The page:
Ticats overhaul camp practices
Determined to avoid injuries
Armed with the data from two seasons of digitally monitoring 24 players as they went through daily practice, the Hamilton Tiger-Cats are changing their schedules at training camp and for practices during the regular season.
The football layman might not immediately notice, but longtime observers will recognize that the first day of practice during regular season will now be a lighter one, physically, rather than the heaviest of the week.
And in training camp, every third day will be less physical than the two before it, with emphasis on mistake correction, walkthroughs installing new plays and systems, and mandatory weightlifting.
It’s all designed to avoid the avalanche of injuries that have overrun the club so often in the past four years.
“You’re trying to eliminate softtissue injuries,” explains head coach Kent Austin, who worked with noted strength and fitness consultant Matt Nichols to create the changes, based on information from monitoring company Catapult, which tracked the two dozen players via monitors on the back of their shoulder pads.
“It’s a huge issue. If it’s not THE top priority here, it’s 1-A. Obviously, there’s a direct correlation to your best players playing and your probability of winning.
“There are precursors to soft tissue injuries. There are red flags. It gets really technical, but it relates to tracking of player load throughout the week. And when they hit warning areas because of the load they have been subjected to, you have to pull off it, because the risk for injuries, especially soft tissue, goes up.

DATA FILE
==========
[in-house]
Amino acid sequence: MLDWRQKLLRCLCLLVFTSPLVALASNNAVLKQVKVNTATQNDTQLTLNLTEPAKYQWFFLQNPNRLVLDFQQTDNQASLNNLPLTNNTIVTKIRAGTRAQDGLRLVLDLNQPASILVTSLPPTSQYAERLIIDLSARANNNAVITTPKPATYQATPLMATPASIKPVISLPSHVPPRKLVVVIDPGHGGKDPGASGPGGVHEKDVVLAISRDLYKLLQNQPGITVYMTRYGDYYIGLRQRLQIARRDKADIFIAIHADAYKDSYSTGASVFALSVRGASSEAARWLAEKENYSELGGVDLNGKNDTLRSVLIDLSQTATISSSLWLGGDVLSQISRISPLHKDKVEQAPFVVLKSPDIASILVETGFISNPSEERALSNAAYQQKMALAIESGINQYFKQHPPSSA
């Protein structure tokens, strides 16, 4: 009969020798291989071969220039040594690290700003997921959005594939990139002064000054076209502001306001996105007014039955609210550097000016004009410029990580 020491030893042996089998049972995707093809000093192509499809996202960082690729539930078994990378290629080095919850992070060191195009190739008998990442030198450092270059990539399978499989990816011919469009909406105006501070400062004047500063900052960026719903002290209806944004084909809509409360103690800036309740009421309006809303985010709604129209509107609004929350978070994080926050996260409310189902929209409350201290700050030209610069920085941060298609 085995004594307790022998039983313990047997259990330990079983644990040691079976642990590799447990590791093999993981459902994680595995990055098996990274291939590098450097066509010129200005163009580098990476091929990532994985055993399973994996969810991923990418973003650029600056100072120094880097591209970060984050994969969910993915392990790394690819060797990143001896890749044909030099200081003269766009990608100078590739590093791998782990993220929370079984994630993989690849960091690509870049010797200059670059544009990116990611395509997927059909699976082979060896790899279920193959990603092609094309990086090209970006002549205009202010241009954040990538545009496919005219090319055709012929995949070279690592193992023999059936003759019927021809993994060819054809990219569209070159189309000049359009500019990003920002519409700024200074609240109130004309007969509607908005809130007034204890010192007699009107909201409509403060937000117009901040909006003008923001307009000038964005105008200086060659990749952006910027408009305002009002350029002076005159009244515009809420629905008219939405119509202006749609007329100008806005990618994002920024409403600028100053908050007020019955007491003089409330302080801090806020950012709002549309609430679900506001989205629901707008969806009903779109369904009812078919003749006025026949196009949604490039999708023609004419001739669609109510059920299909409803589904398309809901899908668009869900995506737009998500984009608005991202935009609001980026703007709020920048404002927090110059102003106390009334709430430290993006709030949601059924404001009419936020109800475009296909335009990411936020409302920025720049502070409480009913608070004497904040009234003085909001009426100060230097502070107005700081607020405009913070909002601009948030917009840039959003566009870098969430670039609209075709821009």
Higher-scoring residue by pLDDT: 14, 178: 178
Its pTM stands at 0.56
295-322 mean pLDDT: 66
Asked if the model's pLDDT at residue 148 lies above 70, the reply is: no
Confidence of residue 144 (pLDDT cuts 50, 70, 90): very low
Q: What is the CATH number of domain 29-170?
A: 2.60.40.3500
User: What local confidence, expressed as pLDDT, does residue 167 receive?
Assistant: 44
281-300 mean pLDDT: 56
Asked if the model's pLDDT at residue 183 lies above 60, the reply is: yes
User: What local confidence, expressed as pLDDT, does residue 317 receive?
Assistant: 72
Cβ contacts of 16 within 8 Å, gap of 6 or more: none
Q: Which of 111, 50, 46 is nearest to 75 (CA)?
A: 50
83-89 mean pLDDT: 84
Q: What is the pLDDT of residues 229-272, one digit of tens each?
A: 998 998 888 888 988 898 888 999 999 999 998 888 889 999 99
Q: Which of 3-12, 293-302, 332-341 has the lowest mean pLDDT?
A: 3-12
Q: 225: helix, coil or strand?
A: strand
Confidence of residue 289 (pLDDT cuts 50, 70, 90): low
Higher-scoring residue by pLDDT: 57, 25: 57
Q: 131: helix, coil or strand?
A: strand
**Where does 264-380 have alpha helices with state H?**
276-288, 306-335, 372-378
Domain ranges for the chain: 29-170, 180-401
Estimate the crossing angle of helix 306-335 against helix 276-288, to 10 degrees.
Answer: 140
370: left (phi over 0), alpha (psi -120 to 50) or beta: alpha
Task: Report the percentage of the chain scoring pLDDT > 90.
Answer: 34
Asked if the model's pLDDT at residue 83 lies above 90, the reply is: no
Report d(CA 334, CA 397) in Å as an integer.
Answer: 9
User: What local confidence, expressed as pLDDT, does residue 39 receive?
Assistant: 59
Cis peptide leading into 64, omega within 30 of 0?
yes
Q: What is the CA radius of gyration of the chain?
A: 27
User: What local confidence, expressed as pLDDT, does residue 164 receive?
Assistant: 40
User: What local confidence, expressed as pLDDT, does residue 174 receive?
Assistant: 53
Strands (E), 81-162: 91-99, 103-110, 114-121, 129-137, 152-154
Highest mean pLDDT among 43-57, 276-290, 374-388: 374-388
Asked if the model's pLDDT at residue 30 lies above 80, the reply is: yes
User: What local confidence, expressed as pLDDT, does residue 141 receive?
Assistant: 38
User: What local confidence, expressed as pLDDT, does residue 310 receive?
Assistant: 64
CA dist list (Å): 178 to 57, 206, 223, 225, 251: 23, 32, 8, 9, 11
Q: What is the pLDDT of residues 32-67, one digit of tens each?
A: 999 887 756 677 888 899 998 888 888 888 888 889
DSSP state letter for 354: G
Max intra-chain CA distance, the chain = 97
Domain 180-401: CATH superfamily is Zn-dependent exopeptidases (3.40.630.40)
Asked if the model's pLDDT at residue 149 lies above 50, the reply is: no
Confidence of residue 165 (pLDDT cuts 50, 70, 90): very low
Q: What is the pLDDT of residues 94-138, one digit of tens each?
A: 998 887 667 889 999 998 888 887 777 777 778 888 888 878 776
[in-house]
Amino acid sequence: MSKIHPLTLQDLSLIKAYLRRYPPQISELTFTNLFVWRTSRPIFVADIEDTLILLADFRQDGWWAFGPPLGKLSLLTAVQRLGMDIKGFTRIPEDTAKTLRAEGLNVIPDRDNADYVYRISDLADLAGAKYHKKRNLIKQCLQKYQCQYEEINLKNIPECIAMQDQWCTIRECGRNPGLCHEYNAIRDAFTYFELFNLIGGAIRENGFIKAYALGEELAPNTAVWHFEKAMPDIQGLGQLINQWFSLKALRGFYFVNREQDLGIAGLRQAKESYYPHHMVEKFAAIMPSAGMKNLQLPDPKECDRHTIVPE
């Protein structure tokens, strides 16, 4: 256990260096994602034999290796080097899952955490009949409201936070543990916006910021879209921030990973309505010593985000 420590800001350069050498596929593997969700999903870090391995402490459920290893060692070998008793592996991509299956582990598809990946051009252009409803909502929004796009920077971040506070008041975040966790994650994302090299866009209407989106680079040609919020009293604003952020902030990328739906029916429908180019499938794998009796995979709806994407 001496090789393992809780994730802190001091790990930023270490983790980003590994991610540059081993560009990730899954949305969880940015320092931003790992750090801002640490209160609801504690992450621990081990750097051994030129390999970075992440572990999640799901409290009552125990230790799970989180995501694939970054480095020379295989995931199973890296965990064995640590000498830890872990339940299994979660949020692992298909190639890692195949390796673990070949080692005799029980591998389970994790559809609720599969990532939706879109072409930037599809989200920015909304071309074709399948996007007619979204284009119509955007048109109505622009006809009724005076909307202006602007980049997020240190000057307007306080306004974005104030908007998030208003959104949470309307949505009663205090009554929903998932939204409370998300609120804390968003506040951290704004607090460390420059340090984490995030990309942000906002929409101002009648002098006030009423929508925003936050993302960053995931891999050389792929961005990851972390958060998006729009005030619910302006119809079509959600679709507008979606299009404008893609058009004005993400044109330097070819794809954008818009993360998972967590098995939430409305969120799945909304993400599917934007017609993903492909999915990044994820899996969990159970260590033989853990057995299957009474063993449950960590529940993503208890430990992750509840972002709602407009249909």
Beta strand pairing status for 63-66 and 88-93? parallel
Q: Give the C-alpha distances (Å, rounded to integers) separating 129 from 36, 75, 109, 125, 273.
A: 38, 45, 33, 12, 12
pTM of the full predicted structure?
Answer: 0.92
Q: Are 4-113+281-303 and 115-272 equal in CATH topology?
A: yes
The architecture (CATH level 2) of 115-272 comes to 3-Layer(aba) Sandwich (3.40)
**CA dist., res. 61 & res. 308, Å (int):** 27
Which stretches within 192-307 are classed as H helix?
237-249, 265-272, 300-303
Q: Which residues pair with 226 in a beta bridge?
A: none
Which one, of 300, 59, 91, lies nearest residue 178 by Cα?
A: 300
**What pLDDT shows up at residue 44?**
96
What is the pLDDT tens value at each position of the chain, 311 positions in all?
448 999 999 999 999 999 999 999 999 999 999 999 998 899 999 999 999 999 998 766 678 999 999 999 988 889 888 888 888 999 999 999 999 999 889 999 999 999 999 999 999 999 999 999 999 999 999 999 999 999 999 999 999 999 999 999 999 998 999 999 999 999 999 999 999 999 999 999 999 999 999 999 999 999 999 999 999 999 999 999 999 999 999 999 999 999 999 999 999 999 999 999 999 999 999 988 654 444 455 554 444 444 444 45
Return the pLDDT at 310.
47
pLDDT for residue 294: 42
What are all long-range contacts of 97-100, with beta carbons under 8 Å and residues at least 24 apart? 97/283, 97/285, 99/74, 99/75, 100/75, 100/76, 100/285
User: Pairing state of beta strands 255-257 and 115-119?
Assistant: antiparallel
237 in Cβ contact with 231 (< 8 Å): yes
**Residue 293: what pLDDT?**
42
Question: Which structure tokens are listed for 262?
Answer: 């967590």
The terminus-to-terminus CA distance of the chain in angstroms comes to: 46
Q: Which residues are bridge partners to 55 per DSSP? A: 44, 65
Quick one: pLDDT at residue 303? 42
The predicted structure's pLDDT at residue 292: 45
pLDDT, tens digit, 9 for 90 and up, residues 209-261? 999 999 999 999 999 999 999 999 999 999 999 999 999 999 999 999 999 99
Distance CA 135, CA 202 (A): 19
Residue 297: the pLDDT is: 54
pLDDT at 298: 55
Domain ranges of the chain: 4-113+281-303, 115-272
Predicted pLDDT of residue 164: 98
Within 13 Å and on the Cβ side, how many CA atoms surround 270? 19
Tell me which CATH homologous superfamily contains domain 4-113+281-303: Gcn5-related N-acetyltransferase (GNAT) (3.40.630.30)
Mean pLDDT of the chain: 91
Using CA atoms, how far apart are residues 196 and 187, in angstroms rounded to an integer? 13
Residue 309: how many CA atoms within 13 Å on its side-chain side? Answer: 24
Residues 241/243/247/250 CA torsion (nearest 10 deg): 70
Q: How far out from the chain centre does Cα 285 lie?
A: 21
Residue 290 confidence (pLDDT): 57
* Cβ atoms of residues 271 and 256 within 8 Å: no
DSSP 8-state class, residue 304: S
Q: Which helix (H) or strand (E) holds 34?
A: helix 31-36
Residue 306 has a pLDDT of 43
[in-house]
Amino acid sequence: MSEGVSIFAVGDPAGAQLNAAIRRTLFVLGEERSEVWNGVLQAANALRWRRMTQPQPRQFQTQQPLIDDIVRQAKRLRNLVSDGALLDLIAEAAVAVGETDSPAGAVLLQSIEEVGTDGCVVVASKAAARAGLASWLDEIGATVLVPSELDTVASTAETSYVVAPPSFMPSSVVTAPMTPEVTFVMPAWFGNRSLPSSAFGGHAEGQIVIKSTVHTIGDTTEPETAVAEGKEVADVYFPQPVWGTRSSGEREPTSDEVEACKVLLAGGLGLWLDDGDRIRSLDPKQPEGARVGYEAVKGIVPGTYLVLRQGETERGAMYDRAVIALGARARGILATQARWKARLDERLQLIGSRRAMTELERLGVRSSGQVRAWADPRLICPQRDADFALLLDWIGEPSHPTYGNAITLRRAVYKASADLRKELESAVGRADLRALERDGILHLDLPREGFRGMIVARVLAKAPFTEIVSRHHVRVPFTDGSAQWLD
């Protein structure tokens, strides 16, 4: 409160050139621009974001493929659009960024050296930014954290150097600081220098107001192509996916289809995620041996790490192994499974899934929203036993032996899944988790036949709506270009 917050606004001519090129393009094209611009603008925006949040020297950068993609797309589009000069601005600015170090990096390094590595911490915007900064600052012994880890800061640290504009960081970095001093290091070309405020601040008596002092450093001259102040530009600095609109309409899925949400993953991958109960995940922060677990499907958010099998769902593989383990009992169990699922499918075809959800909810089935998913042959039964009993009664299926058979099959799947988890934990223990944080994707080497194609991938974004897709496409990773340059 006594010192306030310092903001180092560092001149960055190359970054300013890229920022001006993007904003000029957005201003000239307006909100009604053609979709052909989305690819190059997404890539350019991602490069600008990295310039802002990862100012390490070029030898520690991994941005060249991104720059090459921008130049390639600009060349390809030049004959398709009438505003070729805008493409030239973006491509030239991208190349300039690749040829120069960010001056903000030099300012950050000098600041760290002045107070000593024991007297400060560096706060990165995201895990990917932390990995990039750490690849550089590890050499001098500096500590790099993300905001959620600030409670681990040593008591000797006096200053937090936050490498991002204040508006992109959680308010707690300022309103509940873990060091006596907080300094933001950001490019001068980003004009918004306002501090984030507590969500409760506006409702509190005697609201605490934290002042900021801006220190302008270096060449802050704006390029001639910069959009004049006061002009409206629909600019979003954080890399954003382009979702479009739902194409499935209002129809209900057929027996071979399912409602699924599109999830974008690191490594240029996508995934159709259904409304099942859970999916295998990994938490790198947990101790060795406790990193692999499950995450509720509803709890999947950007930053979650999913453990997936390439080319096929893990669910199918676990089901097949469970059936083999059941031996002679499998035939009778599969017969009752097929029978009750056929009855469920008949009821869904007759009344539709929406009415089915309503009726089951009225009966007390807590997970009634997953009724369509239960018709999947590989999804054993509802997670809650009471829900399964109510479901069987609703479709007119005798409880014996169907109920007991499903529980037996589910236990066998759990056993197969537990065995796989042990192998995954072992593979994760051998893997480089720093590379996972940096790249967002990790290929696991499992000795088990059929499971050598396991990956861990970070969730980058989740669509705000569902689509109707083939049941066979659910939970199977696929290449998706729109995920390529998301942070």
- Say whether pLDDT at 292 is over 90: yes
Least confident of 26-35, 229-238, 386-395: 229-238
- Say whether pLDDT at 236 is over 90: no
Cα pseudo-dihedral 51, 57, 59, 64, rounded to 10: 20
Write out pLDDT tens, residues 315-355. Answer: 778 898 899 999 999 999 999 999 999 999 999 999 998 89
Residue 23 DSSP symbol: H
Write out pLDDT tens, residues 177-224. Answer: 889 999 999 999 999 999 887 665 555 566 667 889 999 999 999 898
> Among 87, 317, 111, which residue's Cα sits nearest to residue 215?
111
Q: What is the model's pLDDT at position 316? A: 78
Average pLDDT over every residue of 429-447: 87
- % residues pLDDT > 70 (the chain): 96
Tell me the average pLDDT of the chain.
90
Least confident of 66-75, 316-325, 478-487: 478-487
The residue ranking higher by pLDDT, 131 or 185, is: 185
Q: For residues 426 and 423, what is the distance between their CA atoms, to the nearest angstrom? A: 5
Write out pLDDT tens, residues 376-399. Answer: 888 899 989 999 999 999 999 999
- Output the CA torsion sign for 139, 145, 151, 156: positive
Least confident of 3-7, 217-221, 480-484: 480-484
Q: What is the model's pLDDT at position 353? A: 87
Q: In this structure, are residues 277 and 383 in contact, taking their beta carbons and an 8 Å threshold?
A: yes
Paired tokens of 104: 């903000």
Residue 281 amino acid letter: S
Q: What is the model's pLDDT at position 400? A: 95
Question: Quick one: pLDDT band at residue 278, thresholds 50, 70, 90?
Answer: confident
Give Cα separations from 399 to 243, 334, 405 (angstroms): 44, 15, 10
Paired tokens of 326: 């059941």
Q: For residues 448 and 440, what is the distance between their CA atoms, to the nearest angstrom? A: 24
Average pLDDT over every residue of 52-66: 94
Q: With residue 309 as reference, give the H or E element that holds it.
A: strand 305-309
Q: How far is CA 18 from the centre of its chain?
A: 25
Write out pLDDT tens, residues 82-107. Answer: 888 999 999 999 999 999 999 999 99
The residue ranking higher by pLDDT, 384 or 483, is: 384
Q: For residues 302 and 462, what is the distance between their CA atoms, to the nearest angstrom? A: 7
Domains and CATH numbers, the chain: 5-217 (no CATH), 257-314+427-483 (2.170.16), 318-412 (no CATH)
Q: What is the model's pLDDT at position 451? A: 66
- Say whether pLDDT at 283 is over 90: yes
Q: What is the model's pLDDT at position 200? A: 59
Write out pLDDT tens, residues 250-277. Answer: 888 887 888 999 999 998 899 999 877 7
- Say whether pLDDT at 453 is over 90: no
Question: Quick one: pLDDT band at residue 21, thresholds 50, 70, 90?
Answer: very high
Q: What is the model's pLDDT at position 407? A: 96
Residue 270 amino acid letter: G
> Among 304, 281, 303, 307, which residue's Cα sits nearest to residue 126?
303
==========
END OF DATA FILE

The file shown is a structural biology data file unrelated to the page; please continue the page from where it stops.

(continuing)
“We remodelled our training camp and regular season to closely match our data, which was in line with the current research in the industry.”
The measuring system is GPSdriven and monitors “hundreds of things,” including total distance travelled by a player, his velocity, change of directions, intensity of work and overall workload.
Austin says there are both macro and micro effects.
On the micro level, this year players’ energy output, total-workload bearing and intensity levels will be monitored in real-time, and coaches will adjust individual situations accordingly, right on the field. “Say, for instance, Luke Tasker is getting close to his total load and intensity for a given day, we’d rearrange the plays that have a probability that he’s going to be involved in, and put them at the front of the line, then get him out,” Austin says. “We’re kind of doing that anyway, with our eyes, we’re just bringing more science to it.
On the macro level, the data compelled football operations to alter the team’s gameprep schedules.
So during the regular season, the first practice day of a week which traditionally — across the CFL and in Hamilton for decades — has been a heavy physical day, with play installation and the players often in full pads, is now “more of a recovery day.”
It will include walk-throughs for play installation, and periods of strength and conditioning.
Day 2 will now be a heavier day, more like the old Day 1. At training camp, it’ll be two-on, one-off. When camp opens Sunday, there’ll be a normal training camp practice. Monday will be the heaviest in the cycle: the dreaded “two-a-day” which separates a pair of practices by a 20-minute rest and nutrition period. Then Tuesday will be like the new Day One of the regular season: “There will be football, but it’s a recovery day.”
Then the three-day cycle begins again on Wednesday.
“It’s part of our overarching high-performance plan,” Austin says. “This is one element. But there’s nutrition, there’s sleep, there’s strength and conditioning, there’s sports psychology.
“But we’re doing it in baby steps. We’re going to gather our own information. We know our players,” he added.
“We suspect certain things that are co-relations to performance or lack thereof and then we’re going to get analytics to mine what WE say to mine.”